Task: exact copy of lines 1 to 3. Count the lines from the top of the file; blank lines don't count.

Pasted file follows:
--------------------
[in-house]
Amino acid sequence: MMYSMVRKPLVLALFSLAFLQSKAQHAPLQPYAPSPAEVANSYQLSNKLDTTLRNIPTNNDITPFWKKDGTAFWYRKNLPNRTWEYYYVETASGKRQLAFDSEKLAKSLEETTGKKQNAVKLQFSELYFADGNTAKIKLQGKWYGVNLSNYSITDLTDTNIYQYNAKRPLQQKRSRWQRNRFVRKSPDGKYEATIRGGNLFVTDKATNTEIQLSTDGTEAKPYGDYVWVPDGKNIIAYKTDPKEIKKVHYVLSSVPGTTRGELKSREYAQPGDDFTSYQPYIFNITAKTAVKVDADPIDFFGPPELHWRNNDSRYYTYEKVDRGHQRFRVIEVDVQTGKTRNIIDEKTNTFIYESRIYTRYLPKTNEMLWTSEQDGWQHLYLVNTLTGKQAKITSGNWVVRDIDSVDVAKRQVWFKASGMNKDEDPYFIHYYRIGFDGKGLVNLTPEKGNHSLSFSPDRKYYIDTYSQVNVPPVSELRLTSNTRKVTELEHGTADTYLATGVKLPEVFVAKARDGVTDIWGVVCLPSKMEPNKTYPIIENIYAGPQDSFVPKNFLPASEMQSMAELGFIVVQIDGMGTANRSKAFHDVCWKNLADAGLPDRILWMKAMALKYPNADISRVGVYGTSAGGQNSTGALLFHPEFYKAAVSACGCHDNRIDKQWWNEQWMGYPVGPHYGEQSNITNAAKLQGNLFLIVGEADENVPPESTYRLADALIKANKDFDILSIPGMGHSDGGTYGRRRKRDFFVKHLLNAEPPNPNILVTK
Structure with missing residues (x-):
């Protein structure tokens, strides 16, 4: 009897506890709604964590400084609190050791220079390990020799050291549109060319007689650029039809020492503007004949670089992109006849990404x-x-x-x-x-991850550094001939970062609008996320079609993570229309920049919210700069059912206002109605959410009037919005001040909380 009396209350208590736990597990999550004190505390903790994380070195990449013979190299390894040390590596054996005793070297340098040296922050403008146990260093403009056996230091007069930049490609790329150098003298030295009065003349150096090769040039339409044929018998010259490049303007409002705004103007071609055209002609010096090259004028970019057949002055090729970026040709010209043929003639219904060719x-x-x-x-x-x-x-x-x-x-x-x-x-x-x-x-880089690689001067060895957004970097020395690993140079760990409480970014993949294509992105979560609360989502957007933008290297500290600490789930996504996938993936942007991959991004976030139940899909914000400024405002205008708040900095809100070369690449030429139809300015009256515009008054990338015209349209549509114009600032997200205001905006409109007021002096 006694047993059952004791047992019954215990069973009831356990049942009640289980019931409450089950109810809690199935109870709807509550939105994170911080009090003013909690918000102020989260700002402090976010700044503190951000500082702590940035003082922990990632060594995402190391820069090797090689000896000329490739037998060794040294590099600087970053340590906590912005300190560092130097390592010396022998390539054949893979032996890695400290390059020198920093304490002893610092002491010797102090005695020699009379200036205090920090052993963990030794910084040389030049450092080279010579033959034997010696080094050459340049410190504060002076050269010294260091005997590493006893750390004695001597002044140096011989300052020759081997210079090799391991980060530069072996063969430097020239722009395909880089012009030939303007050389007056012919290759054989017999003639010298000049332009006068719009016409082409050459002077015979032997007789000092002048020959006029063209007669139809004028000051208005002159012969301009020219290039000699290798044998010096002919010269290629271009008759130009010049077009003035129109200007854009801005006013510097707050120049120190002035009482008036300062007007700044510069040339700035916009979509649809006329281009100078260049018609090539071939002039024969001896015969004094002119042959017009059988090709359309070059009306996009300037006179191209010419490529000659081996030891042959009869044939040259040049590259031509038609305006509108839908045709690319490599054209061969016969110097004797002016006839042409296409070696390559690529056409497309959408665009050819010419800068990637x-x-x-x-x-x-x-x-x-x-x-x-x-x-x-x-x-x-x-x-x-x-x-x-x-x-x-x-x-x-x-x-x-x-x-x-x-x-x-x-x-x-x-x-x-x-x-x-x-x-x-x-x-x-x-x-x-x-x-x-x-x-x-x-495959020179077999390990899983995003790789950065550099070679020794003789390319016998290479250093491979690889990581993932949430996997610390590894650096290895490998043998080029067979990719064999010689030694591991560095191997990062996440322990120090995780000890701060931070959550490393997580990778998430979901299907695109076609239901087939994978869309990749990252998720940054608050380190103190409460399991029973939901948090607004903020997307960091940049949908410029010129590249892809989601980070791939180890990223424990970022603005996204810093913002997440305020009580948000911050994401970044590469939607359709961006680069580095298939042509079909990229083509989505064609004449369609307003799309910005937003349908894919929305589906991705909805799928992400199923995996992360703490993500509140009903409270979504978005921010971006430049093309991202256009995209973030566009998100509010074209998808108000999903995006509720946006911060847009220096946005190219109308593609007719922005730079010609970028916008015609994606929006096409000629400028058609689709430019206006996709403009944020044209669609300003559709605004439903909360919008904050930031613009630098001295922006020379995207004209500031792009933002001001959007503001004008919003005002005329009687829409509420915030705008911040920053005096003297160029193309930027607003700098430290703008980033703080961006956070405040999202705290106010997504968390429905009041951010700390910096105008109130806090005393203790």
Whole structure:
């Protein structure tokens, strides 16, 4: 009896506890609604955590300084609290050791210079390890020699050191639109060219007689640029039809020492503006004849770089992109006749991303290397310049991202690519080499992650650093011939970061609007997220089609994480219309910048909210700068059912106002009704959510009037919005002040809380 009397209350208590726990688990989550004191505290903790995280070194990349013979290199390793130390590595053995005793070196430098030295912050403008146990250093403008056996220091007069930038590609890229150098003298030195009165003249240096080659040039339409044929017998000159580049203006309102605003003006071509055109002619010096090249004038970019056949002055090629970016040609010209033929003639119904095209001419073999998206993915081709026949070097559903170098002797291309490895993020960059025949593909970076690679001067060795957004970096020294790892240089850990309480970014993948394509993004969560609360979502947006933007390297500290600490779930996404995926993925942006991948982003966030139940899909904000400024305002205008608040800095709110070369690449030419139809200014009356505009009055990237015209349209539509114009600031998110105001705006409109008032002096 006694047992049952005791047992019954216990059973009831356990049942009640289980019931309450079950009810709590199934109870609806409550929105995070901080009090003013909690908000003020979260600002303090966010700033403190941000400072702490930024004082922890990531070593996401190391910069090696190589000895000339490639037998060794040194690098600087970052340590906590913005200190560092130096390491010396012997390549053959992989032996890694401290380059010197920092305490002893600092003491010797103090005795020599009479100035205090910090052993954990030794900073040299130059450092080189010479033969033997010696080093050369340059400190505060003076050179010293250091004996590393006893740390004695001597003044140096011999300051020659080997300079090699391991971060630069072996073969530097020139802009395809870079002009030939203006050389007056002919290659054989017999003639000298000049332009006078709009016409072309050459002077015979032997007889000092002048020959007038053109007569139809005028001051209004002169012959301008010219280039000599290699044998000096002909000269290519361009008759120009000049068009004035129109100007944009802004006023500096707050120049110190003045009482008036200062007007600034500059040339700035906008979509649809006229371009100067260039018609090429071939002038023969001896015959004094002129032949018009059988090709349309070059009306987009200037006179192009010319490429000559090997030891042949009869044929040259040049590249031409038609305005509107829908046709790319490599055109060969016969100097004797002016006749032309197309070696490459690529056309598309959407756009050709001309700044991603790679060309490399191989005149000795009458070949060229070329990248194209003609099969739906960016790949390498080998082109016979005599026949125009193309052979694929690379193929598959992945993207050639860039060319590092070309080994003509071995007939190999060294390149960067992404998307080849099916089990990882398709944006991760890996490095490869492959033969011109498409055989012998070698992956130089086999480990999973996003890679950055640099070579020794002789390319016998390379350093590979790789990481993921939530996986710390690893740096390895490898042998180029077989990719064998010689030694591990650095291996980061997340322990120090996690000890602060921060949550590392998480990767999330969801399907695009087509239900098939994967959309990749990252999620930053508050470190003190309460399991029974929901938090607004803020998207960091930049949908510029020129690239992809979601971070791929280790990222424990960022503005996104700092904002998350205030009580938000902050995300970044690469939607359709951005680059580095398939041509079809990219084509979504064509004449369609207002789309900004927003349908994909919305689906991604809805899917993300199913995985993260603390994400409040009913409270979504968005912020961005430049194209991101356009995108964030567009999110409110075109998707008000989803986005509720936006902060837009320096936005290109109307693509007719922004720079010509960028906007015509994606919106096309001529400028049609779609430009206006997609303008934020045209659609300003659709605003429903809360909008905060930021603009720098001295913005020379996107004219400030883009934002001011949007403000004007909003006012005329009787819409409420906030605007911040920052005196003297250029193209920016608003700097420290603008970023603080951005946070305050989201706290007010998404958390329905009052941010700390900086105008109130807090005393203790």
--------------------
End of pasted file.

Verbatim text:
[in-house]
Amino acid sequence: MMYSMVRKPLVLALFSLAFLQSKAQHAPLQPYAPSPAEVANSYQLSNKLDTTLRNIPTNNDITPFWKKDGTAFWYRKNLPNRTWEYYYVETASGKRQLAFDSEKLAKSLEETTGKKQNAVKLQFSELYFADGNTAKIKLQGKWYGVNLSNYSITDLTDTNIYQYNAKRPLQQKRSRWQRNRFVRKSPDGKYEATIRGGNLFVTDKATNTEIQLSTDGTEAKPYGDYVWVPDGKNIIAYKTDPKEIKKVHYVLSSVPGTTRGELKSREYAQPGDDFTSYQPYIFNITAKTAVKVDADPIDFFGPPELHWRNNDSRYYTYEKVDRGHQRFRVIEVDVQTGKTRNIIDEKTNTFIYESRIYTRYLPKTNEMLWTSEQDGWQHLYLVNTLTGKQAKITSGNWVVRDIDSVDVAKRQVWFKASGMNKDEDPYFIHYYRIGFDGKGLVNLTPEKGNHSLSFSPDRKYYIDTYSQVNVPPVSELRLTSNTRKVTELEHGTADTYLATGVKLPEVFVAKARDGVTDIWGVVCLPSKMEPNKTYPIIENIYAGPQDSFVPKNFLPASEMQSMAELGFIVVQIDGMGTANRSKAFHDVCWKNLADAGLPDRILWMKAMALKYPNADISRVGVYGTSAGGQNSTGALLFHPEFYKAAVSACGCHDNRIDKQWWNEQWMGYPVGPHYGEQSNITNAAKLQGNLFLIVGEADENVPPESTYRLADALIKANKDFDILSIPGMGHSDGGTYGRRRKRDFFVKHLLNAEPPNPNILVTK
Structure with missing residues (x-):